Shakespeare’s Poisonous Remedies
If love is a drug, then Romeo and Juliet pushes that belief to its extremes. You might have noticed that the play’s third biggest role after the lovers is Friar Laurence, the play’s would-be pharmacist. But why is the Friar so interested in drugs and home cures, and what part do they play in Shakespeare’s tragedy?
As most of us know, harmful substances can be medicinal in small doses, and this was understood in Shakespeare’s day too. When we have injections to prevent us from getting certain diseases, that injection actually contains a tiny dose of the disease itself—it’s small, but it’s just enough to kick-start our body into fighting it off and make us immune to the illness. Our familiar word ‘pharmacy’ suggests how both poison and cure are connected: it comes from the Greek word ‘pharmakon’ and means both toxin and remedy.
How might we use this idea to think about Romeo and Juliet?
Like a pharmacist, Shakespeare is interested in substances that can be both healthful and deadly. When Romeo is feeling love-sick over Rosaline, Benvolio encourages him to cure himself by seeking out more poison: ‘take thou some infection to the eye / And the rank poison of the old will die’. In appropriately pharmaceutical terms, something that seems harmful can actually be restorative. Health, in other words, can be achieved via illness. After all, this is a play that seems to tell us that good can arise from harm— Juliet’s ‘only love’ springs from her ‘only hate’—but the flip-side of that means that too much of a good thing can also be harmful. As Friar Laurence warns, ‘these violent delights have violent ends’.
Pottering around his friary’s herb garden and running a sort of Veronese pharmacy, the Friar is really interested in things that are able to do both good and harm:
Within the infant rind of this weak flower
Poison hath residence, and medicine power.
For this, being smelt, with that part cheers each part;
Being tasted, stays all senses with the heart.
Two such opposed kings encamp them still
In man as well as herbs.
The ‘weak flower’ might smell nice and cheer us up, but eating it would be deadly. The dual potential for good and bad, the Friar suggests, is within us, too, and we need to be careful about how we administer our own medicinal or poisonous potential. Like herbs and flowers, we can kill or heal.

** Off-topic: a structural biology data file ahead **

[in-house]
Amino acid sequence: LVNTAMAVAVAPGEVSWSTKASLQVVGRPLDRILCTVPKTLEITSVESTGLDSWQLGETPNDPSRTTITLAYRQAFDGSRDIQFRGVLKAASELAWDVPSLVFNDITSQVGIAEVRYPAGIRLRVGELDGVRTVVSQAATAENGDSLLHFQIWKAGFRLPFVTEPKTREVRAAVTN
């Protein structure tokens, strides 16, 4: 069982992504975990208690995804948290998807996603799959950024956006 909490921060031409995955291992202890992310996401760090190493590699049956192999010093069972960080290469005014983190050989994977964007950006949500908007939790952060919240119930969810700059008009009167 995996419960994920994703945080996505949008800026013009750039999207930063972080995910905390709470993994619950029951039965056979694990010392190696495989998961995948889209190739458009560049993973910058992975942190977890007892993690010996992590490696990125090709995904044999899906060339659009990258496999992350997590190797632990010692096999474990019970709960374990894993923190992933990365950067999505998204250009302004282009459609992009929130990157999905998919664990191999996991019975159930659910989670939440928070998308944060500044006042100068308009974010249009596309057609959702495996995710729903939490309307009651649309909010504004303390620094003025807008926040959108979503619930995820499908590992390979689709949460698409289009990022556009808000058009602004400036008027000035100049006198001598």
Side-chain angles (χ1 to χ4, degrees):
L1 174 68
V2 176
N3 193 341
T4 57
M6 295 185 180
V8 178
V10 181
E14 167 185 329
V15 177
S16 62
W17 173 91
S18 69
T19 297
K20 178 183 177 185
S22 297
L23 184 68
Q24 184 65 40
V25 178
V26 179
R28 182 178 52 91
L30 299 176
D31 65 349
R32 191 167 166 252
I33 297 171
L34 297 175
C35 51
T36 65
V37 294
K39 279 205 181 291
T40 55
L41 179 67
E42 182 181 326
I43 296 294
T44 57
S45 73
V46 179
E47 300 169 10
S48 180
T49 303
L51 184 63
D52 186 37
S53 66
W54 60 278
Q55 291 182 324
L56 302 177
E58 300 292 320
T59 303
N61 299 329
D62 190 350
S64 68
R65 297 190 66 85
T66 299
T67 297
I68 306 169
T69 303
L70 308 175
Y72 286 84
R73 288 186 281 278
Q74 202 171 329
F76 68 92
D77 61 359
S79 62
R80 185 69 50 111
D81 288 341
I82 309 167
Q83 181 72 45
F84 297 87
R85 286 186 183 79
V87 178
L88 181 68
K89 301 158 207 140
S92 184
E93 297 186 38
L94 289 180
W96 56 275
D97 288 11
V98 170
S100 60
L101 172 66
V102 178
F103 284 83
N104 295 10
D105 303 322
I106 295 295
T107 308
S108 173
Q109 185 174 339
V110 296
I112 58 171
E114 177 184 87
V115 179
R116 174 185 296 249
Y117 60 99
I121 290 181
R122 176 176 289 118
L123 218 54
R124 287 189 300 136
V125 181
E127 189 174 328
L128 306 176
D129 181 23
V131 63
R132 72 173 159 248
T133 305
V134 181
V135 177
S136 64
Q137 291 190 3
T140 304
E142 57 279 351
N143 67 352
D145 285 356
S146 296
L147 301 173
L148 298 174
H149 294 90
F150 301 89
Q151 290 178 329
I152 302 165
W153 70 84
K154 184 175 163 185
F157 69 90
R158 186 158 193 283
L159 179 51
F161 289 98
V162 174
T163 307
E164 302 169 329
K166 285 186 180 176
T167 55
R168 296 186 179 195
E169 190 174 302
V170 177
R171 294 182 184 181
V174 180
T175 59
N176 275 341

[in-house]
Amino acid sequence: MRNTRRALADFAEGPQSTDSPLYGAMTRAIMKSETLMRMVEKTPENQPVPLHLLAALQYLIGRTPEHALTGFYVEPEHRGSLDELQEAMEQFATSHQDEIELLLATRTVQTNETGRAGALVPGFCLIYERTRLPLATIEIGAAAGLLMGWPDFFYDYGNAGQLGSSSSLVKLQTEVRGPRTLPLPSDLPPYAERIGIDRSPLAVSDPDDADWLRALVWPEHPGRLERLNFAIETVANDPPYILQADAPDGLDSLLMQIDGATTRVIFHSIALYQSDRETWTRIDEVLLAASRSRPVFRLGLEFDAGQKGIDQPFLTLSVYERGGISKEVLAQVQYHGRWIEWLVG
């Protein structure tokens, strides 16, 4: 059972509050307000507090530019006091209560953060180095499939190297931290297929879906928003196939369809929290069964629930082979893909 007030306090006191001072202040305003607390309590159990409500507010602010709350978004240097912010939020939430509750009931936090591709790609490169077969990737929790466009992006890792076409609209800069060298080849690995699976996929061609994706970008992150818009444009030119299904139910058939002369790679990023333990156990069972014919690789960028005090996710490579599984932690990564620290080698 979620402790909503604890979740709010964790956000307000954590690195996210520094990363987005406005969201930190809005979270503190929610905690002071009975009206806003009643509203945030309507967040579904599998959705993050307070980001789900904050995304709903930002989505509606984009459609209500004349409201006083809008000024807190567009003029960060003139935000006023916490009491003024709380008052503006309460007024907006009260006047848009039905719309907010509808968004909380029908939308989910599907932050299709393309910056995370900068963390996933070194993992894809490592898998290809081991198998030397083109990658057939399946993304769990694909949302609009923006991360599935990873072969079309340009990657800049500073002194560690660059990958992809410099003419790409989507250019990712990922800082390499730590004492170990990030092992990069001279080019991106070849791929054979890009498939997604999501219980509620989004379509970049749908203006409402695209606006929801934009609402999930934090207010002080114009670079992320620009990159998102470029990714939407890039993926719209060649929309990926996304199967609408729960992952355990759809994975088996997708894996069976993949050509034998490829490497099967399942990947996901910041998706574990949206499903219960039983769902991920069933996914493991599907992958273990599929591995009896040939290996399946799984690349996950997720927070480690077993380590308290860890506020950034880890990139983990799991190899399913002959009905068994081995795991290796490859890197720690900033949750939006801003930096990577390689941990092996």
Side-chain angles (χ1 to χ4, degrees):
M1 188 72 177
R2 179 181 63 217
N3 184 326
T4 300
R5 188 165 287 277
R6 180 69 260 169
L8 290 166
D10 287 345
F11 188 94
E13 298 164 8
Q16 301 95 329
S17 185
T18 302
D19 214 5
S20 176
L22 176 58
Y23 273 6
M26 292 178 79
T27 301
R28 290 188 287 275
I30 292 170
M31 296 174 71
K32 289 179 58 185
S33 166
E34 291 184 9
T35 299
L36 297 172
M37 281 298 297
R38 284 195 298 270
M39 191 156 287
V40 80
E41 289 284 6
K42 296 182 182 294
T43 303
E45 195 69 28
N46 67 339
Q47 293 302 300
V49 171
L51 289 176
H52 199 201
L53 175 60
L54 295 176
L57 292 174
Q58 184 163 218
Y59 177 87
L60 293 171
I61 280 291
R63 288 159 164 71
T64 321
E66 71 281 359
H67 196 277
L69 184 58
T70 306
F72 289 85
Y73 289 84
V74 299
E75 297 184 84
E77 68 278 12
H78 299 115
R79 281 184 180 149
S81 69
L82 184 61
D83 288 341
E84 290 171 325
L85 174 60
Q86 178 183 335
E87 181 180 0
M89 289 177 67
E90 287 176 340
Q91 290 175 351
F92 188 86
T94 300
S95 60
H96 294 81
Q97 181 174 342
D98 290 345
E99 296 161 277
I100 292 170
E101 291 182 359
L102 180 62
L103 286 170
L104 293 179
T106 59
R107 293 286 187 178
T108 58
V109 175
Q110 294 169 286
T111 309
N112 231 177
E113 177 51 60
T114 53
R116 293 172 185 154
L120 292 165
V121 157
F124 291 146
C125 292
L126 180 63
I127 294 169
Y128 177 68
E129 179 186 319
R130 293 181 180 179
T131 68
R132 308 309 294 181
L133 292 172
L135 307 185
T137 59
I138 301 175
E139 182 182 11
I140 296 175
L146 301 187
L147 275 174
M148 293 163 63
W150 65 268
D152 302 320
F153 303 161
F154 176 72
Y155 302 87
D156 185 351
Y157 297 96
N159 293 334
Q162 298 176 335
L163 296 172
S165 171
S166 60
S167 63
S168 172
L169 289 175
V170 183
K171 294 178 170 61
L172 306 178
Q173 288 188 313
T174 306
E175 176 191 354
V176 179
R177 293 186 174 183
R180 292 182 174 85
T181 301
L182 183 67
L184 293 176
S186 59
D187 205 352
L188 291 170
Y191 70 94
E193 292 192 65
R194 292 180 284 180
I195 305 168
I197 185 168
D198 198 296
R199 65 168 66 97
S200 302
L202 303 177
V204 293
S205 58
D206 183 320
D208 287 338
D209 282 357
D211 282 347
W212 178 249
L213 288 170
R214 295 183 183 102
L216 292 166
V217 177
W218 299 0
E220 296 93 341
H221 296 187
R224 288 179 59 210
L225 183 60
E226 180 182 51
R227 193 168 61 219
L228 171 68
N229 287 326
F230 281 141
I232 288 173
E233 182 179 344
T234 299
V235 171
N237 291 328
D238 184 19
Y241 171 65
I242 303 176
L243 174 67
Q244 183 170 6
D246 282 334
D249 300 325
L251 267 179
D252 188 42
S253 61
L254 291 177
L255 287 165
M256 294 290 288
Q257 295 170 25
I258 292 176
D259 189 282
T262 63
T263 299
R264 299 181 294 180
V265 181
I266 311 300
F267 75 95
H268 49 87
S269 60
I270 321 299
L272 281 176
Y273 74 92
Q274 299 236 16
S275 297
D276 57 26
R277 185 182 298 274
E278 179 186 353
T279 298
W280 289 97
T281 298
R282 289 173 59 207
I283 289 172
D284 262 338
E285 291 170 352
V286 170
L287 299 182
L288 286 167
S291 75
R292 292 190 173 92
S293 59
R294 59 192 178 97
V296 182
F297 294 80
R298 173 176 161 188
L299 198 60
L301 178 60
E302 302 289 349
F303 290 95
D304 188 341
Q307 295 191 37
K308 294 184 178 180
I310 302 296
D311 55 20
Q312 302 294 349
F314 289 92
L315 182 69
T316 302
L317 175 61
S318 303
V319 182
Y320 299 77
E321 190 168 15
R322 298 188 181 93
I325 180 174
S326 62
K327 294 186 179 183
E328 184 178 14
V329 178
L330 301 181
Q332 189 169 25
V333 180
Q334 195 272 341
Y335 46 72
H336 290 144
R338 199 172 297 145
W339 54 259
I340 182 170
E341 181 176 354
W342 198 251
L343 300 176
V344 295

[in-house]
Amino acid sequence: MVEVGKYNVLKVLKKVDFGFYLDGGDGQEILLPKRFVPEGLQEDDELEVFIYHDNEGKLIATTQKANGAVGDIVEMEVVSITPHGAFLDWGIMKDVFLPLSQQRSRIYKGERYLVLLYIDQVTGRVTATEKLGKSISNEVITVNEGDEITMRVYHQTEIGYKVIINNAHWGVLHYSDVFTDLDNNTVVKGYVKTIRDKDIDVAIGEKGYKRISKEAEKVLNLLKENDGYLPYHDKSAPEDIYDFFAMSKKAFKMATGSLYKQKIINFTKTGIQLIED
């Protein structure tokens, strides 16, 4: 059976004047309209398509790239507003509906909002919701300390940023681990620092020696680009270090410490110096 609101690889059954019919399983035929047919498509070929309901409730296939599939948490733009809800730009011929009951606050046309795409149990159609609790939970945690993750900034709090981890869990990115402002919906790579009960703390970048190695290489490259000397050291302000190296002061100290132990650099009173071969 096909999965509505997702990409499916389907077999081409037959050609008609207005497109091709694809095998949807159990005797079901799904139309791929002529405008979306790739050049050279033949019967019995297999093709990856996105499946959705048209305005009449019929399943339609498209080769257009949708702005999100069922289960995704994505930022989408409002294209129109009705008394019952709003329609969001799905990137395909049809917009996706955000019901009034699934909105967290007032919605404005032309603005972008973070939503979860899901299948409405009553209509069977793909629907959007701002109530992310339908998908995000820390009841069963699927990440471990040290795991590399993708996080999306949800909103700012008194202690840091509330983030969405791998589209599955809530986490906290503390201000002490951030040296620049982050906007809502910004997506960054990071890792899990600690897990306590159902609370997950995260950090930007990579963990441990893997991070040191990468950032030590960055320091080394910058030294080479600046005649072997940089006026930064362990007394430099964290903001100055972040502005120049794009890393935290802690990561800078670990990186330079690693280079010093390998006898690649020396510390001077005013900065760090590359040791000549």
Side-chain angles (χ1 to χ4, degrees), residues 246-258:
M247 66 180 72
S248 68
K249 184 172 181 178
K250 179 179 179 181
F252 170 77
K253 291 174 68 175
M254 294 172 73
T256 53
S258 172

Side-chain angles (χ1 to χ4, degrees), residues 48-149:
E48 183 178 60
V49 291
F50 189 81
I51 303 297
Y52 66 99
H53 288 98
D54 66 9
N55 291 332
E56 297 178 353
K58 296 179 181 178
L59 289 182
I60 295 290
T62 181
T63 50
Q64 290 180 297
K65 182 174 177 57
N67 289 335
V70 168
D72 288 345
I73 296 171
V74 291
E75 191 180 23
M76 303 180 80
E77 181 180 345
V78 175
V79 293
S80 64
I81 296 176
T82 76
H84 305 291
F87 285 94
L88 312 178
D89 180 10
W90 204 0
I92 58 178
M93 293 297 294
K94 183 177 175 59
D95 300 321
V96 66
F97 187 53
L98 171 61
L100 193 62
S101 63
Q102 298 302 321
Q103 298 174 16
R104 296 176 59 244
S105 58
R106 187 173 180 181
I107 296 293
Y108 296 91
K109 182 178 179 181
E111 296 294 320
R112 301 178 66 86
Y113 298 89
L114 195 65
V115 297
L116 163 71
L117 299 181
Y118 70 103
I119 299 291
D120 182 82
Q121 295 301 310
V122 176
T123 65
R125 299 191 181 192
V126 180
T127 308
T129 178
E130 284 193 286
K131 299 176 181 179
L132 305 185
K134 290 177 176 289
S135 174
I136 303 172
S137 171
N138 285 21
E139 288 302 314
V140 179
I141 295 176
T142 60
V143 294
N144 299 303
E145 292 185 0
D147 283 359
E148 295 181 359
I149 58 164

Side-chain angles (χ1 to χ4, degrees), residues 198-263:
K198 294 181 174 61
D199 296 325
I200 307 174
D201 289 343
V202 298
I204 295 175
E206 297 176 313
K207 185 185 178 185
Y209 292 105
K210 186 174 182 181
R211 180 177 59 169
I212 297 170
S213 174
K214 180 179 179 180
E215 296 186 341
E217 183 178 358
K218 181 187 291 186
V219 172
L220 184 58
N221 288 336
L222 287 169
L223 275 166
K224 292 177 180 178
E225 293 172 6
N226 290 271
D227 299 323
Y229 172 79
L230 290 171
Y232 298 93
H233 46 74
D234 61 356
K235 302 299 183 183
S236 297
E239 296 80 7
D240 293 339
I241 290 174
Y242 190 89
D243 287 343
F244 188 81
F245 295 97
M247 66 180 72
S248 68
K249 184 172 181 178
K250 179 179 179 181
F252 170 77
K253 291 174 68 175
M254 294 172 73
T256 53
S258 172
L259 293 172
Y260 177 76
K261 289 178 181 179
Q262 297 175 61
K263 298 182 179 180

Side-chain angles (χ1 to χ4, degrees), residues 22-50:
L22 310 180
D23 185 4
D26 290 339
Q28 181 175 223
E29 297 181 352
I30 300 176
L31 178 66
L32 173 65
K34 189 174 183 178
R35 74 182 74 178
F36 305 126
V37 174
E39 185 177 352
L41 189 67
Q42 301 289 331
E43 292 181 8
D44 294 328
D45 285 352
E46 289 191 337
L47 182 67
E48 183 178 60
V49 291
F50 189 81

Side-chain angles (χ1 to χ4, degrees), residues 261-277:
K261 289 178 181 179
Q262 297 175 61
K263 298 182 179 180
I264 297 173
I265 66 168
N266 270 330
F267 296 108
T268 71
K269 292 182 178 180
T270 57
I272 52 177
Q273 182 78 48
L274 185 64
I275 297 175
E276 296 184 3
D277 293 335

It’s no accident that the Friar is so interested in the unpredictable potential of nature. He’s about to oversee a romantic drama that quickly tips into tragedy, in which both he and his pharmaceutical substances will play a crucial role. It’s the Friar who offers a medicinal way out of Juliet’s terrible situation in Act 4 Scene 1, when she is told by her father that she must marry Paris (impossible for her to do, as she’s already secretly married to Romeo). It is in these desperate circumstances that the Friar suggests an alternative: a ‘remedy’ that will offer her ‘a thing like death’—in other words, a coma to make her family believe she’s died. As we can probably all agree, these are dangerous things to be meddling in.
As far as the Friar’s concerned, he’s offering Juliet a cure that will ‘remedy’ her situation. But, as we’ve already seen, the medicinal in this play is often only a small step away from the poisonous. It’s perhaps not surprising given the Friar’s pharmaceutical interests, then, that in order for this medicinal cure to work, it actually behaves like poison—stopping Juliet’s pulse and breath, draining the colour from her cheeks, and making her body ‘stiff and stark and cold’. Even if it’s only temporary, this is a medicine that will in a sense actually kill Juliet, and it’s no wonder that she worries about the remedy being a ‘poison which the Friar subtly hath ministered’ to kill her. In a play that makes clear just how blurry the line between toxin and cure can be, Juliet seems to be well aware of the risk she’s taking.
As we know, things don’t exactly go to plan. The letter to Romeo that explains the Friar’s plot fails to arrive in time, and Juliet’s death-like state proves to be too convincing. In the end, Romeo is driven to mirror Juliet’s actions. Remember that Romeo also uses a language of toxic cure when he kills himself, thinking Juliet has died: ‘Come, cordial, and not poison, go with me to Juliet’s grave; for there must I use thee’. Romeo no longer sees a difference between poison and remedy. For him, poison is a medicinal drink, and playing on the Latin word for heart (‘cor’ or ‘cord’), the broken-hearted Romeo finds that poison as the only thing able to heal him.
Like the Friar’s ‘weak flower’, and like Juliet’s ‘remedy’, Romeo’s ‘cordial poison’ contains a powerful mixture: it has the power to do harm, but also has the potential to heal. Perhaps it’s for this reason that when Juliet wakes up, she also talks about Romeo’s poison not as something that is straightforwardly harmful, but rather as a ‘restorative’ that will end her life. Of course these ‘restoratives’ are lethal to Romeo and Juliet, but as the play makes clear, their death is the remedy that is required to cure Verona’s ‘ancient grudge’ and ‘their parents’ strife’.